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You little brother was in JK . Jesse (with that tail) was in his class that year and he won the gingerbread house. (Jesse stayed English stream.) That makes you Grade 2. I've got to find the old photos....
Um, this was when I was either in grade 3 or 5 and I'm going more with the latter so both of those are after 1987.
But the tickets were only 25 cents (5 for a dollar)! Wait a minute...the loonie didn't appear until 1987...how many loonies could you have had?
And everyone knew when I was buying a raffle ticket, my loonies were always covered in gingerbread dough...
...and, oh ya, the whole thing except the board it's on and the "smoke" coming out the chimney, is edible! The winner was a little boy in Kindergarten. His mom told me that he and his older brother had a load of fun breaking it up and eating it over the Christmas holidays.
Hi, Jan: I have made simpler houses over this years; this was probably the most complicated because I wanted it to have some value for the raffle. I'm sure my smaller homes are comparable to many of the ones in your puzzles.
I have to admit that I made this one about 25 years ago and didn't even know that my daughter had scanned a photo that someone had given us (the photo is crooked, not the house) until I just "found" it.
I made up a lot of techniques as I went and this was a big project. It took me a couple of days just to design the house and figure out the architectural details that I wanted to try to incorporate and draft my sketches to two dimensional flats to make cardboard templates. I worked with these to get proportions right and to make adjustments (mainly on the bay window in back and on the dormers - those are three dimensional - just don't look it in the picture). Another long day of making all the dough required (this is a very big house), a day of rolling, cutting, texturing and baking. Two days to decorate.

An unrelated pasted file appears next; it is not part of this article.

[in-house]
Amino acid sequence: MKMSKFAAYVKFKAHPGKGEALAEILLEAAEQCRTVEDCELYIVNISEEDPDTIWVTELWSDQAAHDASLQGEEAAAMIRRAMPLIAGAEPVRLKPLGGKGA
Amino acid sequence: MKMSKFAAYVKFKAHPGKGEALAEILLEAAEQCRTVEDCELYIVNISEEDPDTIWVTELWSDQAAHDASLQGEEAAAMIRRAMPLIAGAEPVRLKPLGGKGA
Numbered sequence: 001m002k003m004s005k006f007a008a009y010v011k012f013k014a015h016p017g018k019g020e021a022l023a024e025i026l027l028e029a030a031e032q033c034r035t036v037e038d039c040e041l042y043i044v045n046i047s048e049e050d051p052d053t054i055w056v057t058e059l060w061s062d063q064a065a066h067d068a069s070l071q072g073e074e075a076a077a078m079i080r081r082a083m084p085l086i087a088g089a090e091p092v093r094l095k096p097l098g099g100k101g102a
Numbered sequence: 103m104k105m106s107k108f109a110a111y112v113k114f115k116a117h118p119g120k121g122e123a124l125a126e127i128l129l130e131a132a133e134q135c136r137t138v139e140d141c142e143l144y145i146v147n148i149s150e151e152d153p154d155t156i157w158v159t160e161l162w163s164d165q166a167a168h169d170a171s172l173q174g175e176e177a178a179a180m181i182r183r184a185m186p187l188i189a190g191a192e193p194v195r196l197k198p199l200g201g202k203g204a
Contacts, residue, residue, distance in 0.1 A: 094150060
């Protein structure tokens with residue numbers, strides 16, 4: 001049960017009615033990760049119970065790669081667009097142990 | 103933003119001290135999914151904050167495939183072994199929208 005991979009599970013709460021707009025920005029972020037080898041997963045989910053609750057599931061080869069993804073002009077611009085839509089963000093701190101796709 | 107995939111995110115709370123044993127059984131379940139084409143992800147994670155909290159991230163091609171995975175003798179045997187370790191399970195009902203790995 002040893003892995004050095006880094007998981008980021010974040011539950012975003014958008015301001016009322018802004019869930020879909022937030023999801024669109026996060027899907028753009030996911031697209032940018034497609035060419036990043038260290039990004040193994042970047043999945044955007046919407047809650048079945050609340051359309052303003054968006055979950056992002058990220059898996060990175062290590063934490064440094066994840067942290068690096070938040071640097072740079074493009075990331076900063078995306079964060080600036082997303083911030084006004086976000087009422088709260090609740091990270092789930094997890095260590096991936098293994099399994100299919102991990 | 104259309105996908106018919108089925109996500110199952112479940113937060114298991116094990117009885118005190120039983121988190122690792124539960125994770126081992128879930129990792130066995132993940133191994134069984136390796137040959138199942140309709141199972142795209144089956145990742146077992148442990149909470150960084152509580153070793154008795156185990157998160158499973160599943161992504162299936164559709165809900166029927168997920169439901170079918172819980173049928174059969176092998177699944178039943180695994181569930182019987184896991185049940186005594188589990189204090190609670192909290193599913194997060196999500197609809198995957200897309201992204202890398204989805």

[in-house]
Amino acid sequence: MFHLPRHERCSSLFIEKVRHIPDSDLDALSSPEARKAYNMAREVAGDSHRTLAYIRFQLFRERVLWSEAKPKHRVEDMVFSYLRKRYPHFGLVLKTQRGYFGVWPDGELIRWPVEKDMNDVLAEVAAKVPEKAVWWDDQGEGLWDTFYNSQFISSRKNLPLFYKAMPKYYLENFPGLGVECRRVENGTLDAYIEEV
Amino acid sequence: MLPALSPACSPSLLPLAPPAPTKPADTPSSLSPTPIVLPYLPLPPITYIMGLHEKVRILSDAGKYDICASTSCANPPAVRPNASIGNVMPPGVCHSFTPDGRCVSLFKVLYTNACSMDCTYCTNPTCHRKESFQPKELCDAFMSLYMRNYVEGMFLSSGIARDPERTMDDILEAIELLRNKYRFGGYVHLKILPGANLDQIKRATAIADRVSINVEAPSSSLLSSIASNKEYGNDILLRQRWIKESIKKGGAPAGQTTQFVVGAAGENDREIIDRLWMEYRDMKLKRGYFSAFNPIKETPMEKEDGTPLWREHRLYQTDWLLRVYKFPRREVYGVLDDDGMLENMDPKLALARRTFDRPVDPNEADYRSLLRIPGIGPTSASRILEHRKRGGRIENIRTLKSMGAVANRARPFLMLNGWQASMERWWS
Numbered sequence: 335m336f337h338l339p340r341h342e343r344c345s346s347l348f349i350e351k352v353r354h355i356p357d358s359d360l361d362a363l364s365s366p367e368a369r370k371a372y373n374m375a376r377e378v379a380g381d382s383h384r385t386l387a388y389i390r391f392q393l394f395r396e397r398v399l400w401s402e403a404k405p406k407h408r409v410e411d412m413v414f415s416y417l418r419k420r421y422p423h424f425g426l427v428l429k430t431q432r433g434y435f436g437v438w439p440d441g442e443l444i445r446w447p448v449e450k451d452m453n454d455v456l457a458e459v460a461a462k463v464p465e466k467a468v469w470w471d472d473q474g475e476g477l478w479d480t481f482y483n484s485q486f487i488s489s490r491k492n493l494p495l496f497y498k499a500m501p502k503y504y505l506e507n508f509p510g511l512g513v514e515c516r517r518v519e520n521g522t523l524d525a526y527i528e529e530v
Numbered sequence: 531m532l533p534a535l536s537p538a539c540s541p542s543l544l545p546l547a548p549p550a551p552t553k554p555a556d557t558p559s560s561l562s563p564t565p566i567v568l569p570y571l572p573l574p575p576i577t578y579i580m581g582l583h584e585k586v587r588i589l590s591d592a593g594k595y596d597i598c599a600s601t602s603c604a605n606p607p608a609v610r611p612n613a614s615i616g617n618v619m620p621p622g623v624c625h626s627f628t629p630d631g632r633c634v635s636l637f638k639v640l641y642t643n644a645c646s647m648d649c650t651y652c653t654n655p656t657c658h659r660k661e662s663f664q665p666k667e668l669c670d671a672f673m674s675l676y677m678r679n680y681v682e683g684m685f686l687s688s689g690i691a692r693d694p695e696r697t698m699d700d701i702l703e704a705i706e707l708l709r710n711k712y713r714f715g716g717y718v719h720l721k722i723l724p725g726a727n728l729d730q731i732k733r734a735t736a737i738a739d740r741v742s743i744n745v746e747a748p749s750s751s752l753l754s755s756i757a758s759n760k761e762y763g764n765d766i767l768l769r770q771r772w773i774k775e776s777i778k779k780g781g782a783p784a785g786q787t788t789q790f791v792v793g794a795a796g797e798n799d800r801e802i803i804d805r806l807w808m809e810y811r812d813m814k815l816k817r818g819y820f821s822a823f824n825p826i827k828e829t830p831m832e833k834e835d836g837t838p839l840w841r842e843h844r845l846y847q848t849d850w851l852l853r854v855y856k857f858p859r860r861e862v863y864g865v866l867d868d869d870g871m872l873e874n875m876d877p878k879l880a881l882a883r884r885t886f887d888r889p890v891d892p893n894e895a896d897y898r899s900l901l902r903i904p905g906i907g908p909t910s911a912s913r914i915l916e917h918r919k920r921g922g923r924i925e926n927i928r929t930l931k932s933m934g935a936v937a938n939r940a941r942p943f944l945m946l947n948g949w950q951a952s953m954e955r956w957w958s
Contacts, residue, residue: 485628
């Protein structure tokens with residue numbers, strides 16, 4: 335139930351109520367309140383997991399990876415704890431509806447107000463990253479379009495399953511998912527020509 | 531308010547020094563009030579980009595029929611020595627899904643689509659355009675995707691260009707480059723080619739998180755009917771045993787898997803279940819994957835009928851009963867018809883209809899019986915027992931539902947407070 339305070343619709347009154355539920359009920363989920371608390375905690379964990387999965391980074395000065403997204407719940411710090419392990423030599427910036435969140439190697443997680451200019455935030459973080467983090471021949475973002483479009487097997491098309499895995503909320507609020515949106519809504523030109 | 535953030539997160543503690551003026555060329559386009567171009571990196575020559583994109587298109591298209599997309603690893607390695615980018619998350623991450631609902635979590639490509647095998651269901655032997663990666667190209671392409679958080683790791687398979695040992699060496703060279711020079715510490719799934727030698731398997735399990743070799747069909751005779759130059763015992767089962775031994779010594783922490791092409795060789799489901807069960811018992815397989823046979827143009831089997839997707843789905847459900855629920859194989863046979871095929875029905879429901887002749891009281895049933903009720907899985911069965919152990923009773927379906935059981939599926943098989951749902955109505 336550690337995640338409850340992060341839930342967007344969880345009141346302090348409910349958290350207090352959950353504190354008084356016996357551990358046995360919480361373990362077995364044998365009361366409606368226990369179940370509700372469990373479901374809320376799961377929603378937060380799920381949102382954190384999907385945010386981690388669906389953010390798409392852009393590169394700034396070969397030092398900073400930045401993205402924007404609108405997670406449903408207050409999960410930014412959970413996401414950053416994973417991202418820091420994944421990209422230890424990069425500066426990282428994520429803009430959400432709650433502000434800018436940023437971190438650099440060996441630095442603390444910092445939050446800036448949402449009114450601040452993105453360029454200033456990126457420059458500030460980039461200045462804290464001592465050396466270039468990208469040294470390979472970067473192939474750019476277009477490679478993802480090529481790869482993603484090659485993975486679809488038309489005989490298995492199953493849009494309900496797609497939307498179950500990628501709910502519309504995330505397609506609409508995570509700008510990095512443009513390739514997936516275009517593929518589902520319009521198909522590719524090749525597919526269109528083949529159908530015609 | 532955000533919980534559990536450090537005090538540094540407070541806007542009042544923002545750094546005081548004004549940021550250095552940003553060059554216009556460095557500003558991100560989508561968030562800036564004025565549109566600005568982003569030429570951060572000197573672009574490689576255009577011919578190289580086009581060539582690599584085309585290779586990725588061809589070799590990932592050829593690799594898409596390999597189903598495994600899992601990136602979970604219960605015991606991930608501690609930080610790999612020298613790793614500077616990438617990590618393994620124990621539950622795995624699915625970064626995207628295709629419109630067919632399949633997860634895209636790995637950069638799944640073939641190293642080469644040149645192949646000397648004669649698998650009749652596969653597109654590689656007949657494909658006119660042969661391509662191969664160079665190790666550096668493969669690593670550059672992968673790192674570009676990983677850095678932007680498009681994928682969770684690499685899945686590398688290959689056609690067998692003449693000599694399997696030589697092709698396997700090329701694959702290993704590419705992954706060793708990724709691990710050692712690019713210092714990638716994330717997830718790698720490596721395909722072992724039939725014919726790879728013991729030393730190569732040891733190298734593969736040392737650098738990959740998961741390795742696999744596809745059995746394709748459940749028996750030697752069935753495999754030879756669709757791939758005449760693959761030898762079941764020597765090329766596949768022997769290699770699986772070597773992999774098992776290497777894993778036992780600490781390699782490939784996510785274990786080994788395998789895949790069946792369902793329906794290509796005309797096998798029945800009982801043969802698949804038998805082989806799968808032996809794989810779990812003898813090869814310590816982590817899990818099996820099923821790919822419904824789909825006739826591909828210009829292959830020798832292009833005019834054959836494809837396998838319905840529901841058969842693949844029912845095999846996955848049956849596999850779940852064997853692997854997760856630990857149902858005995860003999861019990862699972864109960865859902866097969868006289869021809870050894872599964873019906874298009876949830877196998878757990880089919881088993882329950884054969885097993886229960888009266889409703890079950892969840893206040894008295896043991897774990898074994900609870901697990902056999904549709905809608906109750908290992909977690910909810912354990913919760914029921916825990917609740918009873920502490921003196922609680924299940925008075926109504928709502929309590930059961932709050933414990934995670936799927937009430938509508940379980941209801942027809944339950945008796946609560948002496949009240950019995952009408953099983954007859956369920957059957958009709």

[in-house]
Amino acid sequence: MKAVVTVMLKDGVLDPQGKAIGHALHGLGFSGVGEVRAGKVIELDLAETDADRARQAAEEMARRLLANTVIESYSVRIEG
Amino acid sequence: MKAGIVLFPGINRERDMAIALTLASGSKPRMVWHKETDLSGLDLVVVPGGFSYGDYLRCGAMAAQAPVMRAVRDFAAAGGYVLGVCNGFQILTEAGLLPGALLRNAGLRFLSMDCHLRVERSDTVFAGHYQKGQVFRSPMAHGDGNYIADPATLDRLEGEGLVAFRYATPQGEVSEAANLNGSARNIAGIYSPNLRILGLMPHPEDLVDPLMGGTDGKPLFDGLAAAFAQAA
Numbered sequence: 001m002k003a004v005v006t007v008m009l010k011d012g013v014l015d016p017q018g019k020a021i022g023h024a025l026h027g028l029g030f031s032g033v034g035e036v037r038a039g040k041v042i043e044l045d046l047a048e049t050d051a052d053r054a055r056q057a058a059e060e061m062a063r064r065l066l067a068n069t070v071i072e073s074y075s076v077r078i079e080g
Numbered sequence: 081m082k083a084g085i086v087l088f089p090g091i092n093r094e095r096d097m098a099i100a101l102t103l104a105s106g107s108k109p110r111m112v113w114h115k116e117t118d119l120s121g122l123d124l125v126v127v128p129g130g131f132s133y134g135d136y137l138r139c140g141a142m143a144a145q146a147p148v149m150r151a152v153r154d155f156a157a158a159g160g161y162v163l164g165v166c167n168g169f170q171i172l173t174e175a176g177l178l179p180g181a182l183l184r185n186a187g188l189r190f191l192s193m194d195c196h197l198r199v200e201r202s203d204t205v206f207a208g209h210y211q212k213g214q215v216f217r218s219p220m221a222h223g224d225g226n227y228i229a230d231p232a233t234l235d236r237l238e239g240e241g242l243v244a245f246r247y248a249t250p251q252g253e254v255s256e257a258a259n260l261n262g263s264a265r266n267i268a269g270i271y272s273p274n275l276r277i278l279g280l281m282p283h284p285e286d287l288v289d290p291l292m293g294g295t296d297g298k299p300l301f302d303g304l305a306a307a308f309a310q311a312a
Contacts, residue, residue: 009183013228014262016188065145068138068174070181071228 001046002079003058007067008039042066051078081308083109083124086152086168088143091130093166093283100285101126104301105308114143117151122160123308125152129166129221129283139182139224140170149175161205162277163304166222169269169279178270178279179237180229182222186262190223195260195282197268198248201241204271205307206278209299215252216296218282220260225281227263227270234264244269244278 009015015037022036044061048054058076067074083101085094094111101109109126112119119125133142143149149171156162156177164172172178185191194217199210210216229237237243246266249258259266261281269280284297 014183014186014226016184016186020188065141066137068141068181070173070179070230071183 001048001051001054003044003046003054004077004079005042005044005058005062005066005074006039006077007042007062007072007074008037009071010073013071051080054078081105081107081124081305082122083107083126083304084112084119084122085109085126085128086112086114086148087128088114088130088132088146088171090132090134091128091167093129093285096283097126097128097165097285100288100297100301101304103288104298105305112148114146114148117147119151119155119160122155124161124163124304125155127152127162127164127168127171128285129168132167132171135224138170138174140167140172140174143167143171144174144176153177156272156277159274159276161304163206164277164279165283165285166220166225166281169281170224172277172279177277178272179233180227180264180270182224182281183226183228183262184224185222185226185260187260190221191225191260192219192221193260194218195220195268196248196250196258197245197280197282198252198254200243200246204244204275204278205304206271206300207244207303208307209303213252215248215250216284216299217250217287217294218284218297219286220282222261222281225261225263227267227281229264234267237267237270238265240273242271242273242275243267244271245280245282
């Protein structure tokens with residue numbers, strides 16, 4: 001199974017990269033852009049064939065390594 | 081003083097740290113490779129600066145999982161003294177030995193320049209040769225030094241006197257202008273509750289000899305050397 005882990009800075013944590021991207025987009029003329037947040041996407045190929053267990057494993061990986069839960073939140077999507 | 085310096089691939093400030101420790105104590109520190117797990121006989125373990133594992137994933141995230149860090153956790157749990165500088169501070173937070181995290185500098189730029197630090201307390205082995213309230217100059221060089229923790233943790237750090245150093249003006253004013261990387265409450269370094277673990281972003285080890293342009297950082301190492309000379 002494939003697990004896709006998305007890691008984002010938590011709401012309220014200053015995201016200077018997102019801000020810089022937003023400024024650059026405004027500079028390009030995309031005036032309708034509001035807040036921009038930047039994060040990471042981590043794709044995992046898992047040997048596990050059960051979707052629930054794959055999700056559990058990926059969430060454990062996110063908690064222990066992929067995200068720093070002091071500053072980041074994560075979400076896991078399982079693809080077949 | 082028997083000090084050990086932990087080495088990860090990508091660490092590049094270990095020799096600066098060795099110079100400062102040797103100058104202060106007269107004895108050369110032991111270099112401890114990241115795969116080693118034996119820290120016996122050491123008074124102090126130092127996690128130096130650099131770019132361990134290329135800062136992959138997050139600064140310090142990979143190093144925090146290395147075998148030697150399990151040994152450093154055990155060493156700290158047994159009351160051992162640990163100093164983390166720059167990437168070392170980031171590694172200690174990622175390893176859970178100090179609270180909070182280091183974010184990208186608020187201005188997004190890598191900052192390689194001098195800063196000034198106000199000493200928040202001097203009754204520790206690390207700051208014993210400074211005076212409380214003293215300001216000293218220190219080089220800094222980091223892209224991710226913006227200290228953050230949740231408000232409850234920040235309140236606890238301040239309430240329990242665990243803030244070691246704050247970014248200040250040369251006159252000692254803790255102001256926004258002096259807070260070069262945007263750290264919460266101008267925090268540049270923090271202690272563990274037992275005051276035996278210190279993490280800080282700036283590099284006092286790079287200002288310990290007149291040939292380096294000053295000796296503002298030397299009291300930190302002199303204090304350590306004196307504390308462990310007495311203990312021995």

That string of lights that I made...I was nuts to invent that. I took green shoelace licorice and split it lengthwise (I think more than once) so that it would drape properly and then "glued" silver dragees on with royal icing, one by one. Fiddly, fiddly, fiddly work. Did I say I was NUTS!
There is a ton of detail you can't see from this picture. There is:
wreath on the door
welcome mat at the door
stained glass 1/2 eyebrow window above door (I melted coloured lifesavers)
all other windows are glass (I melted clear mint hard candy)
prints from snowy boots going up the front stairs and on the porch
kid shoveling snow off ice rink
kid falling on ice
mailbox with name
access ramp (I have always believed that all new construction should be fully accessible - even gingerbread homes!)
open back door at top of ramp, mom on landing at door (wearing apron)
all windows shuttered
hand marked bricks
christmas trees are 3D
tiled with yellow/white tiled floor
kitchen table and chairs
fireplace with fire "burning", stockings hung
rocking chair and couch
Christmas tree with presents underneath
I think that there are other details that I'm forgetting. I'll have to dig up the photos someday to refresh my memory. This is not the every year type of ghouse, that's for sure!
I think it is gorgeous! Now I will NEVER show the dreadful things I made! :D
Are those strings of lights across the eaves in front? Such detailing!
p.s. I really like the smaller sizes you've been posting!
Sorry for the quality. I made this gingerbread house many years ago to raise funds for my kids' school. It was displayed in a glass case (graininess in scanned pic). It has a bay window at the back through which you can see a decorated Christmas tree; it is fully furnished on the interior (peek-a-boo slot in roof at back of house, incorporates an access ramp, kids are skating, etc. Will have to find other "old syle" (lol) photos.
(This one's a lot more work Jan! My own design.)